“I want you to know, brothers and sisters, that what has happened to me has actually served to advance the gospel. As a result, it has become clear throughout the whole palace guard and to everyone else that I am in chains for Christ. And because of my chains, most of the brothers and sisters have become confident in the Lord and dare all the more to proclaim the gospel without fear.

“It is true that some preach Christ out of envy and rivalry, but others out of goodwill. The latter do so out of love, knowing that I am put here for the defense of the gospel. The former preach Christ out of selfish ambition, not sincerely, supposing that they can stir up trouble for me while I am in chains. But what does it matter? The important thing is that in every way, whether from false motives or true, Christ is preached. And because of this I rejoice. Yes, and I will continue to rejoice.” (1:12–18)

Paul explained that they were looking at his chains all wrong! The only goal of his life, he reminded them, was to advance the gospel. It wasn’t just his top priority it was the only one. And as a direct result of his imprisonment, the gospel was being heard by more people. Paul said in effect, “My chains are a huge win! My pain and limitations are so valuable because they’re enabling me to achieve my goal.”

When I first read this, I was blown away by Paul’s perspective. I still am, even as I write this. Let me be honest: While it’s easy to recognize the upside of other people’s limitations, I am nearly incapable of seeing the value of my own. Just like you and me, Paul had made plans. His missionary journeys and international church visits had to have involved a huge number of details. But Paul never lost sight of the overriding goal of his life. Instead of complaining about how his current situation prevented him from continuing with his plans to tell people about Jesus, he saw his imprisonment as a divine appointment. Paul knew what he was to do—share Christ’s story. He left it to God to decide to whom, where, when and how that would unfold. He trusted that God had him right where he wanted him.

Have you ever stopped to consider how many decisions in your life are dictated by fear? Fear of failure. Fear of shame. Fear of hurt. We try to manage our lives in such a way that we will avoid fresh hurt. The problem is that no matter how hard we try to avoid it, pain finds us. I appreciate that Jesus was straightforward about this, acknowledging, “In this world you will have trouble. But take heart! I have overcome the world” (John 16:33).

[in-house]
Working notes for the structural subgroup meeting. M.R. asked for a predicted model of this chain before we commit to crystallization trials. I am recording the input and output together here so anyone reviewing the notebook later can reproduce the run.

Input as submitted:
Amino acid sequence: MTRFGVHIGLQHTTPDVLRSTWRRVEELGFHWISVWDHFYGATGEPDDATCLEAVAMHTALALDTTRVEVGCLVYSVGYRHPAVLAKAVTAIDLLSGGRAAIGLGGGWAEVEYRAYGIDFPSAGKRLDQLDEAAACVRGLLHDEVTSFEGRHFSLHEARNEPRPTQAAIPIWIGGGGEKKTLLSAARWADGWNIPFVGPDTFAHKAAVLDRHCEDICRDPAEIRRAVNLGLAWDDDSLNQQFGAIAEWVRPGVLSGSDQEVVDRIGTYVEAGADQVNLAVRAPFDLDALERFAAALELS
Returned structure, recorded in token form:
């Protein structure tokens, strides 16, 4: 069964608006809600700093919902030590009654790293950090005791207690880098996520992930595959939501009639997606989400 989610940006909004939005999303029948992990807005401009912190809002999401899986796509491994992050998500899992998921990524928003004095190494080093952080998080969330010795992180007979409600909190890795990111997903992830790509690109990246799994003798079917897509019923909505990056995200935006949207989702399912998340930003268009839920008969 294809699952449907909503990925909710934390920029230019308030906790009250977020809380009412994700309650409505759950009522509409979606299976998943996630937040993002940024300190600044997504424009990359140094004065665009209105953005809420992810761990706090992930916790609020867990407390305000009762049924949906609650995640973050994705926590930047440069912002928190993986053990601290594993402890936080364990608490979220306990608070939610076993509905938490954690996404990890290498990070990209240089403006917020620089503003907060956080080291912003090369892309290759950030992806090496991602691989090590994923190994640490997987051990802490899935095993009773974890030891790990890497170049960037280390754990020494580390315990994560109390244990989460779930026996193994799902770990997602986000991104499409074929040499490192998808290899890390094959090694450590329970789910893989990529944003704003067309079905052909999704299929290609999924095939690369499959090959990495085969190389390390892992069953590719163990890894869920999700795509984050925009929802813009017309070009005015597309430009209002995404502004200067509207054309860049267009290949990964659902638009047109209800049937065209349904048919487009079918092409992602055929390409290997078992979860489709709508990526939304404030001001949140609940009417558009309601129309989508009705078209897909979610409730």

Paul’s jail sentence was a great thing for the prison guards because they got to hear all about Jesus. And his imprisonment is a great thing for you and me too! If Philippians had been written by a guy who was relaxing on a Mediterranean beach, it wouldn’t mean much to me. I’d think, Well, of course you’re happy. I would be too if I were in your sandals! But I have real problems going on in my life right now. Bills to pay, sick kids to care for, struggles to work out in my relationships … stuff you clearly don’t understand. And I’d close the book.

Seeing a clear picture of what Paul endured gives his testimony the weight of truth. This guy simply wouldn’t have been in prison if he wasn’t positive that the one who stopped him on the road to Damascus was the Son of the living God. His absolute faith and confidence in this Jesus had jettisoned every scrap of fear from his mind.

Excerpted from The Gift of One Day: How to Find Hope When Life Gets Hard. Copyright © 2020 by Kerry Shook & Chris Shook. Published by WaterBrook, an imprint of Penguin Random House LLC.


Saint Paul & Seneca Letters

“While Gallio was proconsul of Achaia (c. 51, 52), the Jews of Corinth made a united attack on Paul and brought him to the place of judgment. ‘This man,’ they charged, ‘is persuading the people to worship God in ways contrary to the law.’ Just as Paul was about to speak, Gallio said to them, ‘If you Jews were making a complaint about some misdemeanor or serious crime, it would be reasonable for me to listen to you. But since it involves questions about words and names and your own law—settle the matter yourselves. I will not be a judge of such things.’

…So he drove them off. Then the crowd there turned on Sosthenes the synagogue leader and beat him in front of the proconsul and Gallio (c. 5 BC—65 AD) showed no concern whatever.” Acts 18:12-18 NIV

Marble bust of Seneca the Younger, c. 200’s AD part of double-herm (Seneca and Socrates)